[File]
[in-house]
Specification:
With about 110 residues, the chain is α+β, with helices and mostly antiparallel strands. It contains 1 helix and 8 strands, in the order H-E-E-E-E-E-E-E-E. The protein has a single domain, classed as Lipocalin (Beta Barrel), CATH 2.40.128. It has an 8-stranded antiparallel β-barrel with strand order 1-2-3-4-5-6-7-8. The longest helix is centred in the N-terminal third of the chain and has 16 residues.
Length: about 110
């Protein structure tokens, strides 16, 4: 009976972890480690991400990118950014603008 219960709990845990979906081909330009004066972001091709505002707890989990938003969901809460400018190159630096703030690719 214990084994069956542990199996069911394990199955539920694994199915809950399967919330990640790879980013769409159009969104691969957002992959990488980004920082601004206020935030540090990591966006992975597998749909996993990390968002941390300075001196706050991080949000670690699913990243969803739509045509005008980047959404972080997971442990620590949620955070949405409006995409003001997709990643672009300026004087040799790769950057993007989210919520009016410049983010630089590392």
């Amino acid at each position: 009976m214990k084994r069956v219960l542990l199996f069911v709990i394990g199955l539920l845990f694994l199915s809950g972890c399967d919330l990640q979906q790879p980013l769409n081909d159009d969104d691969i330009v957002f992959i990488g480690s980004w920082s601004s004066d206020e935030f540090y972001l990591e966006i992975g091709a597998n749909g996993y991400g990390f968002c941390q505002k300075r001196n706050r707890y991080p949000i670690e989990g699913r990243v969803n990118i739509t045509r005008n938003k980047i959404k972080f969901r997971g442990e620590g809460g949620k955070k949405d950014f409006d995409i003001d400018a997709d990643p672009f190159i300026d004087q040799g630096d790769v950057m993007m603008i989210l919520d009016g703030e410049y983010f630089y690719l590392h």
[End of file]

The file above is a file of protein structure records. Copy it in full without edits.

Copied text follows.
[in-house]
Specification:
With about 110 residues, the chain is α+β, with helices and mostly antiparallel strands. It contains 1 helix and 8 strands, in the order H-E-E-E-E-E-E-E-E. The protein has a single domain, classed as Lipocalin (Beta Barrel), CATH 2.40.128. It has an 8-stranded antiparallel β-barrel with strand order 1-2-3-4-5-6-7-8. The longest helix is centred in the N-terminal third of the chain and has 16 residues.
Length: about 110
């Protein structure tokens, strides 16, 4: 009976972890480690991400990118950014603008 219960709990845990979906081909330009004066972001091709505002707890989990938003969901809460400018190159630096703030690719 214990084994069956542990199996069911394990199955539920694994199915809950399967919330990640790879980013769409159009969104691969957002992959990488980004920082601004206020935030540090990591966006992975597998749909996993990390968002941390300075001196706050991080949000670690699913990243969803739509045509005008980047959404972080997971442990620590949620955070949405409006995409003001997709990643672009300026004087040799790769950057993007989210919520009016410049983010630089590392």
């Amino acid at each position: 009976m214990k084994r069956v219960l542990l199996f069911v709990i394990g199955l539920l845990f694994l199915s809950g972890c399967d919330l990640q979906q790879p980013l769409n081909d159009d969104d691969i330009v957002f992959i990488g480690s980004w920082s601004s004066d206020e935030f540090y972001l990591e966006i992975g091709a597998n749909g996993y991400g990390f968002c941390q505002k300075r001196n706050r707890y991080p949000i670690e989990g699913r990243v969803n990118i739509t045509r005008n938003k980047i959404k972080f969901r997971g442990e620590g809460g949620k955070k949405d950014f409006d995409i003001d400018a997709d990643p672009f190159i300026d004087q040799g630096d790769v950057m993007m603008i989210l919520d009016g703030e410049y983010f630089y690719l590392h």